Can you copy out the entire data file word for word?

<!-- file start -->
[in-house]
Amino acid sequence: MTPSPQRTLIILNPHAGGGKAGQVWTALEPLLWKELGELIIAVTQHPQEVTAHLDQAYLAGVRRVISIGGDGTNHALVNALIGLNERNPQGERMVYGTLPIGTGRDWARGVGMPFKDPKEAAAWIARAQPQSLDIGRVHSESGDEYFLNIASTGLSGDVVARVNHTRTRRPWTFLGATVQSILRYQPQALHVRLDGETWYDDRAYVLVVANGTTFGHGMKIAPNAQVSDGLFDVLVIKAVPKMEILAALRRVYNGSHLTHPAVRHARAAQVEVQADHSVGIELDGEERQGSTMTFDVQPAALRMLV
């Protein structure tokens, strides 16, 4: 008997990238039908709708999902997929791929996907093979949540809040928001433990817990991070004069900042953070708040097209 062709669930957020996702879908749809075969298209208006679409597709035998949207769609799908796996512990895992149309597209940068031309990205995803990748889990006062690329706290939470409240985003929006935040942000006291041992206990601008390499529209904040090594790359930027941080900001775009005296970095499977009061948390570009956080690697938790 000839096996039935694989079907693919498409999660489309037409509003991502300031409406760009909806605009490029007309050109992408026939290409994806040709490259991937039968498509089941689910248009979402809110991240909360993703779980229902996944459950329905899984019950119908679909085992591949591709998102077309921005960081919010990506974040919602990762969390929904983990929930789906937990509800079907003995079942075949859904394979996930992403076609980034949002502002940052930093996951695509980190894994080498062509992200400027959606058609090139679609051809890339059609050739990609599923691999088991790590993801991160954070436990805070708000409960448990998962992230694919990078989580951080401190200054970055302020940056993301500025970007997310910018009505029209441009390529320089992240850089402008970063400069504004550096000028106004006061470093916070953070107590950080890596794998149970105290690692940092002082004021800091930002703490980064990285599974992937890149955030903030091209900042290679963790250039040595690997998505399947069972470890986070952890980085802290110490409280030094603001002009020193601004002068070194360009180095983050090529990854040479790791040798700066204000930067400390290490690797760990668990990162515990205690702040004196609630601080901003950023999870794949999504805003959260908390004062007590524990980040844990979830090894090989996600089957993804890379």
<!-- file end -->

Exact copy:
[in-house]
Amino acid sequence: MTPSPQRTLIILNPHAGGGKAGQVWTALEPLLWKELGELIIAVTQHPQEVTAHLDQAYLAGVRRVISIGGDGTNHALVNALIGLNERNPQGERMVYGTLPIGTGRDWARGVGMPFKDPKEAAAWIARAQPQSLDIGRVHSESGDEYFLNIASTGLSGDVVARVNHTRTRRPWTFLGATVQSILRYQPQALHVRLDGETWYDDRAYVLVVANGTTFGHGMKIAPNAQVSDGLFDVLVIKAVPKMEILAALRRVYNGSHLTHPAVRHARAAQVEVQADHSVGIELDGEERQGSTMTFDVQPAALRMLV
């Protein structure tokens, strides 16, 4: 008997990238039908709708999902997929791929996907093979949540809040928001433990817990991070004069900042953070708040097209 062709669930957020996702879908749809075969298209208006679409597709035998949207769609799908796996512990895992149309597209940068031309990205995803990748889990006062690329706290939470409240985003929006935040942000006291041992206990601008390499529209904040090594790359930027941080900001775009005296970095499977009061948390570009956080690697938790 000839096996039935694989079907693919498409999660489309037409509003991502300031409406760009909806605009490029007309050109992408026939290409994806040709490259991937039968498509089941689910248009979402809110991240909360993703779980229902996944459950329905899984019950119908679909085992591949591709998102077309921005960081919010990506974040919602990762969390929904983990929930789906937990509800079907003995079942075949859904394979996930992403076609980034949002502002940052930093996951695509980190894994080498062509992200400027959606058609090139679609051809890339059609050739990609599923691999088991790590993801991160954070436990805070708000409960448990998962992230694919990078989580951080401190200054970055302020940056993301500025970007997310910018009505029209441009390529320089992240850089402008970063400069504004550096000028106004006061470093916070953070107590950080890596794998149970105290690692940092002082004021800091930002703490980064990285599974992937890149955030903030091209900042290679963790250039040595690997998505399947069972470890986070952890980085802290110490409280030094603001002009020193601004002068070194360009180095983050090529990854040479790791040798700066204000930067400390290490690797760990668990990162515990205690702040004196609630601080901003950023999870794949999504805003959260908390004062007590524990980040844990979830090894090989996600089957993804890379």